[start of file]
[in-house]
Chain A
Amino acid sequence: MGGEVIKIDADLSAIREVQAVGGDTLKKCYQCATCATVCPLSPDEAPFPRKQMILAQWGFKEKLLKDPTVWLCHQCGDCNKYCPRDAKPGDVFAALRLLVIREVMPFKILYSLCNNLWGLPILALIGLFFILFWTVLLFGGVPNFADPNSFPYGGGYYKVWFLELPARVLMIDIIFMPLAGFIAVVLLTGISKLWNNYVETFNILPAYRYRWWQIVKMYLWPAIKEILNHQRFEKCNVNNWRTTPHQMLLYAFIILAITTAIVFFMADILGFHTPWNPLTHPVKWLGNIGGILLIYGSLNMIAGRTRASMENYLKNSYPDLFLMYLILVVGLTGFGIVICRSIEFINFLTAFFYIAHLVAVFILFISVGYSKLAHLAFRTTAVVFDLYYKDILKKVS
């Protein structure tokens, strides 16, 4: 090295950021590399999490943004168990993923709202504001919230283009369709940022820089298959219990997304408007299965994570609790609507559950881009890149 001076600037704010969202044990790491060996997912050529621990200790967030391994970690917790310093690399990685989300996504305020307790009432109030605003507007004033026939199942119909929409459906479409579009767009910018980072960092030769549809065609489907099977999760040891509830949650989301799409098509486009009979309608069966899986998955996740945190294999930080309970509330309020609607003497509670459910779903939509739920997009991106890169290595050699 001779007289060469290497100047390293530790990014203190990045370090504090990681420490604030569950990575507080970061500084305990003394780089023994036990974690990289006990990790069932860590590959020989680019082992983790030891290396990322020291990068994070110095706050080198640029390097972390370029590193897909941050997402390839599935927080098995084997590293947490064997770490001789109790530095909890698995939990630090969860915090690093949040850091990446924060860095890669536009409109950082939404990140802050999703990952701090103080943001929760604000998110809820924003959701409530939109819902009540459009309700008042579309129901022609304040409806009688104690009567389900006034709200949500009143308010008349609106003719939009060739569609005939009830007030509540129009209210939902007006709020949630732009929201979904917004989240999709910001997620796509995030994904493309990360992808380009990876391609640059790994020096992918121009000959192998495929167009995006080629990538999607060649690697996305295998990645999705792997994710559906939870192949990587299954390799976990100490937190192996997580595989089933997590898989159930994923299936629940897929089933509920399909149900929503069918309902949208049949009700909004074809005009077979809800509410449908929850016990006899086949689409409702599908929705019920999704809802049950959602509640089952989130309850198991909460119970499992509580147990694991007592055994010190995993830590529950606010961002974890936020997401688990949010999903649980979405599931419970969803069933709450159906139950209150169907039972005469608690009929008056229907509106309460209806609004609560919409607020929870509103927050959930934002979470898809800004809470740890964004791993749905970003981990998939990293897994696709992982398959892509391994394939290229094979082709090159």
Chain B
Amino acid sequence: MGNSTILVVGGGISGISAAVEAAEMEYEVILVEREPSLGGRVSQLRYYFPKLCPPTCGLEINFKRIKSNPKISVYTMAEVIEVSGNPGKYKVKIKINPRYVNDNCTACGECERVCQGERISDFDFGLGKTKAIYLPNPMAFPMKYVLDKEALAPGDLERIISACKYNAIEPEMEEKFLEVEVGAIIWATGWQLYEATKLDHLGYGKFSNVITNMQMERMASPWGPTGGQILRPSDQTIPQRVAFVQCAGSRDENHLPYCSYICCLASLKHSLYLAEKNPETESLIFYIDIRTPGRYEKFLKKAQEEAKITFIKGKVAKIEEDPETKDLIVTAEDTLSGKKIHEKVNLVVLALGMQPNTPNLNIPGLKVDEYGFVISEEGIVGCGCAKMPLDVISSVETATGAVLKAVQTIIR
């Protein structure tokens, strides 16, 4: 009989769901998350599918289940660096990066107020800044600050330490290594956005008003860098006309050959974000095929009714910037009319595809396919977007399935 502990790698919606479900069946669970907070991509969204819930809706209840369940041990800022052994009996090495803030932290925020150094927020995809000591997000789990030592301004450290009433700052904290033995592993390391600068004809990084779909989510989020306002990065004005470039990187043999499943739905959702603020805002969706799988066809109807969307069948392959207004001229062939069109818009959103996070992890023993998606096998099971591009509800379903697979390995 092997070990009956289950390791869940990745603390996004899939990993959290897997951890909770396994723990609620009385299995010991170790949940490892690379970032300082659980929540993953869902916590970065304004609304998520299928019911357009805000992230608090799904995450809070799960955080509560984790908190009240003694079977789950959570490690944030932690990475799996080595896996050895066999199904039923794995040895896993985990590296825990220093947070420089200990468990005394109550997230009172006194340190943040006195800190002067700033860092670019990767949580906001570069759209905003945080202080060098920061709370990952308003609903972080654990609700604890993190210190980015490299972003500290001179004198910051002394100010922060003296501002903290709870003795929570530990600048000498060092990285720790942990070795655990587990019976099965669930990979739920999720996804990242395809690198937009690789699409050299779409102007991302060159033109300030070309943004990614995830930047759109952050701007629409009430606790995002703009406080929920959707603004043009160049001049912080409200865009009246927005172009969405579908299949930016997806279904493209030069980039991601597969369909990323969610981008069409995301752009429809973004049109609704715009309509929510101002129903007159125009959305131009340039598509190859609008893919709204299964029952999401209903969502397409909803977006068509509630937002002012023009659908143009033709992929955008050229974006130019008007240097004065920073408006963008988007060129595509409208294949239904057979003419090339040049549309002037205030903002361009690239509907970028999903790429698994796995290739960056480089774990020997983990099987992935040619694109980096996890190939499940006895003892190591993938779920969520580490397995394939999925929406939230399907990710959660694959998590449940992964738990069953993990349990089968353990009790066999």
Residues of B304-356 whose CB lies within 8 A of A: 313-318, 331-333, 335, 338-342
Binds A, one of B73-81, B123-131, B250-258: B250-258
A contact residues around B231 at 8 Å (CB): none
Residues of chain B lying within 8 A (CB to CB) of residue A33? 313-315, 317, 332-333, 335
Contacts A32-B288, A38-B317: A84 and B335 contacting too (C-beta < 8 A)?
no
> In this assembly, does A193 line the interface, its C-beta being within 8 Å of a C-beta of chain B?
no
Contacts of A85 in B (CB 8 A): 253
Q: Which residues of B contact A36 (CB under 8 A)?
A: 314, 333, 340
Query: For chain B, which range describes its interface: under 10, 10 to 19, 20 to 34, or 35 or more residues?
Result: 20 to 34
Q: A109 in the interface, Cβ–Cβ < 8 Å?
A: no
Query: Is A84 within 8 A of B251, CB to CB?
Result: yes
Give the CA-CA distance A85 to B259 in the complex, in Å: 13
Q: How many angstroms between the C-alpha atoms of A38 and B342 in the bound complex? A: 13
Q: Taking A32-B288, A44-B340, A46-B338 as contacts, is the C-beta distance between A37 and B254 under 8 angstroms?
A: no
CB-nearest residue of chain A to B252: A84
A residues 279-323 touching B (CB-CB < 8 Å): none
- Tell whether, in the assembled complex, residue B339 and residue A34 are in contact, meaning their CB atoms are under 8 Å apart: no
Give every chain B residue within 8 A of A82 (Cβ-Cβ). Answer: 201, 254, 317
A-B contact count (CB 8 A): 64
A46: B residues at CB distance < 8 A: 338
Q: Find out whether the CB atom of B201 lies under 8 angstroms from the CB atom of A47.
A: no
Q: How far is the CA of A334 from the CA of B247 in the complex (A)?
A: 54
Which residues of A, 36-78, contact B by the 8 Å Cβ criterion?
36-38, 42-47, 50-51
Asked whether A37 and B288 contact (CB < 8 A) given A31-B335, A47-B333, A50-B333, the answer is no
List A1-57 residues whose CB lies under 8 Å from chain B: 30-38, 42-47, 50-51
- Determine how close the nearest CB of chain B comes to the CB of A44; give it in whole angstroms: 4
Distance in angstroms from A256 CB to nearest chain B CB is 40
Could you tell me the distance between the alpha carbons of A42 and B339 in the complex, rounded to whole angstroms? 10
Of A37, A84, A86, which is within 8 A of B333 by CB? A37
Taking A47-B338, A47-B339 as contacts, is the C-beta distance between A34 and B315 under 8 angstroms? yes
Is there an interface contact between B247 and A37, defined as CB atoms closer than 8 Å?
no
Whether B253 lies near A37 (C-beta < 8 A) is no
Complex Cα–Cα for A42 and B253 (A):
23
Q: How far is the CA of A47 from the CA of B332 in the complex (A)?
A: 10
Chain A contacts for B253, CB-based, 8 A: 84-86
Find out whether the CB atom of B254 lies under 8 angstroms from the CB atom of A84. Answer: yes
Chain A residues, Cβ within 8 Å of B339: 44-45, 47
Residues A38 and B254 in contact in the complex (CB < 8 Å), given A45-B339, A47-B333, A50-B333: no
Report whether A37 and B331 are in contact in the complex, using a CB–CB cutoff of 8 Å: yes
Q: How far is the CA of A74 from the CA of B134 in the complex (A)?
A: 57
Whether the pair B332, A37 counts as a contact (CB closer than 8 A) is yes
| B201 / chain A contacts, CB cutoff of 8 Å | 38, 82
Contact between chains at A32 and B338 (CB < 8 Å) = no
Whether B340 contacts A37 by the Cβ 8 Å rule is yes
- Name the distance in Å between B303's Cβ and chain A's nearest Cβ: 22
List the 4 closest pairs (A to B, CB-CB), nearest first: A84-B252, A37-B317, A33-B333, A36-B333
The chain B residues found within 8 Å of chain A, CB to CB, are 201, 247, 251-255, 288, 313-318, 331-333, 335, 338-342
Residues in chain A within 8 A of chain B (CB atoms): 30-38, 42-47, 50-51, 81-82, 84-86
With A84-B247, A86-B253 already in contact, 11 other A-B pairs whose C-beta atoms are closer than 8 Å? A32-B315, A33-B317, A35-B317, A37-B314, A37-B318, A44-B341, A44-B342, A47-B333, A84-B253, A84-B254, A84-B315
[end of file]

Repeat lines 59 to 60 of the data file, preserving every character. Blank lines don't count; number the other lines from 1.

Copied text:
Report whether A37 and B331 are in contact in the complex, using a CB–CB cutoff of 8 Å: yes
Q: How far is the CA of A74 from the CA of B134 in the complex (A)?